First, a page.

Introduction to Secure Software Development Lifecycle

By Mark Starling

10 May 2024

We take a look at aspects of a secure software development lifecycle (SSDLC), what it is and how it is applied at Storm ID

Many of you will be familiar with the software development lifecycle (SDLC) as a representation of the different stages of software development from planning and design through to support - illustrated in the diagram below.

Diagram illustrating a software development lifecycle

When we consider what formal security actions take place throughout those phases, traditionally, the penetration test comes to mind as the pre-production validation step that the solution is secure. However, whilst it remains important, it should be viewed as another piece of security assurance, rather than a catch-all for any security related issues. DevOps adds a demand to shift-left and introduce security activities earlier in the SDLC for the purposes of efficiency and avoiding last minute re-development. There is however, now growing expectation that software manufacturers carry a burden of responsibility for the ensuring their products are delivered secure, this principle is encapsulated in Secure-by-Design.


Secure-by-Design, or security by design, is a principle that integrates cybersecurity into all aspects of the development lifecycle, right from the start.

Its used to highlight how a burden of responsibility should fall on software manufacturers to ensure that the software they create is secure, by design and default. The US Cybersecurity and Infrastructure Security Agency (CISA), alongside other agencies including the UK National Cyber Security Centre (NCSC) established the following three core principles in 2023 (link below):

  • Take ownership of customer security outcomes and evolve products accordingly.
  • Embrace radical transparency and accountability.
  • Build organizational structure and leadership to achieve these goals.

The reasoning behind this comes from efforts to reduce the number of vulnerable applications released to market, but also to help reduce the risk of vulnerabilities within the supply chain. Not all aspects of these principles are directly relevant to Storm ID, however several of the themes can be found in frameworks and principles directly relevant to us and our clients. For example, the Scot Gov Cloud First principles, the NCSC Cyber Assessment Framework, and the UK Gov Secure by Design principles all include aspects of these principles. The expectation from clients, particularly those associated with Government, is that suppliers such as us have a clearly defined approach to security at all stages of Software Development and this is what we are trying to define via a Secure SDLC.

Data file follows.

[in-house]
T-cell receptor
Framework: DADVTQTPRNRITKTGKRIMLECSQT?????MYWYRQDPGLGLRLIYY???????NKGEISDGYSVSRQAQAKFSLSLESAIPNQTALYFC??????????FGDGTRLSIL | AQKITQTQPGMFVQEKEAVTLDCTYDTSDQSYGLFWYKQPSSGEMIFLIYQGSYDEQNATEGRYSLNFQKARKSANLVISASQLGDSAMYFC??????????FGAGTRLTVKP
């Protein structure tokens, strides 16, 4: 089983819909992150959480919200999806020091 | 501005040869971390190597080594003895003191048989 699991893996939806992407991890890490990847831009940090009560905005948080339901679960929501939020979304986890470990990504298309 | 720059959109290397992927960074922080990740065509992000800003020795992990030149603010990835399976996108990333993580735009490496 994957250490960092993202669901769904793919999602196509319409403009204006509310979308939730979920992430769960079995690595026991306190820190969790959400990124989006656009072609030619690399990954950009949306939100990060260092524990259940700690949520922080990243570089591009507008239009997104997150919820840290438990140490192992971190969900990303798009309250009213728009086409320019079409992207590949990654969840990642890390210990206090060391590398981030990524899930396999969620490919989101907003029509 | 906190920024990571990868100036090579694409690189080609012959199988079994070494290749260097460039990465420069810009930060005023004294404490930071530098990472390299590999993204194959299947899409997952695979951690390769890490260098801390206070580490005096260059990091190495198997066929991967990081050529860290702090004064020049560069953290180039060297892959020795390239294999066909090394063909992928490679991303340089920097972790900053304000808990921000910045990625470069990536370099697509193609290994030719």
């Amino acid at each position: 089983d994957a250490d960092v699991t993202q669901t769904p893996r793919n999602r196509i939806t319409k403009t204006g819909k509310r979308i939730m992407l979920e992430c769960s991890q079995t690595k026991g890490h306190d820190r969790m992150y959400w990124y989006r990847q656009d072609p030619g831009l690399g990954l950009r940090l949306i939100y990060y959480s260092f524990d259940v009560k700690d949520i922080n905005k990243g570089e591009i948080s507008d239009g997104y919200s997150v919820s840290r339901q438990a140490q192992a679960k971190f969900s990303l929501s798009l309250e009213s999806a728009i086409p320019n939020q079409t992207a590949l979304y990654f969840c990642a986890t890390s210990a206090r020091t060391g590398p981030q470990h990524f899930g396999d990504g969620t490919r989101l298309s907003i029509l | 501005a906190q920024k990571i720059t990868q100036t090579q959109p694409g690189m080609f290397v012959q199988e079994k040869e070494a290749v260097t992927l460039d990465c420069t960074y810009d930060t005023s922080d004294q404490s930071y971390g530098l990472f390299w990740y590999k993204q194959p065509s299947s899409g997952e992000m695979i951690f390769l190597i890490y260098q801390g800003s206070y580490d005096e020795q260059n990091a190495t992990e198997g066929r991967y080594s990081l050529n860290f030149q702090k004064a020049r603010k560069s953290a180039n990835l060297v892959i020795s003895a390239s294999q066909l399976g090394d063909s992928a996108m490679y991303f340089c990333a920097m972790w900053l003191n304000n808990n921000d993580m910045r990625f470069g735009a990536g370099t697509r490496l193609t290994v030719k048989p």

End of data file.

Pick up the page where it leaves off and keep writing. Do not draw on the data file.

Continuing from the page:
Secure Development at Storm

Our approach to secure software development, ensuring software is secure by design, is outlined in our secure development policy. The details of the SSDLC will further expand on these, describing how we apply those policy objectives to develop software securely.

The following are some examples of the security activities we look to include in software development projects:

  • Threat Modelling: At the design stage, we employ Threat Modelling to analyse systems or components and make important security-related architectural decisions, based on the intended use and operating environment of the system.
  • Software Composition Analysis (SCA): We can identify vulnerabilities in the components used in our software, which could compromise the application. Through SCA, we scan dependencies for vulnerabilities and generate a Software Bill of Materials (SBOM), which helps manage an inventory of the application over time.
  • Static Application Security Testing (SAST): When writing code, we perform SAST to look for known bad or insecure patterns and scan for secrets.
  • Dynamic Application Security Testing (DAST): In a test environment, we use DAST with templates to confirm the security posture meets our internal standards and those of our clients.
  • Vulnerability Management: All findings are streamed to a central location for analysis, management, and reporting. Centralising this information allows us to measure our success and helps meet some of our compliance requirements, including those set by ISO 27001.

As an example, the diagram below shows where these may sit in the SDLC.

Diagram illustrating security activities in a software development lifecycle

In this post we’ve looked at what a Secure SDLC is, why it’s relevant to Storm ID and our clients. If you have any feedback on the content here or would like to see more information on a particular security topic please get in touch.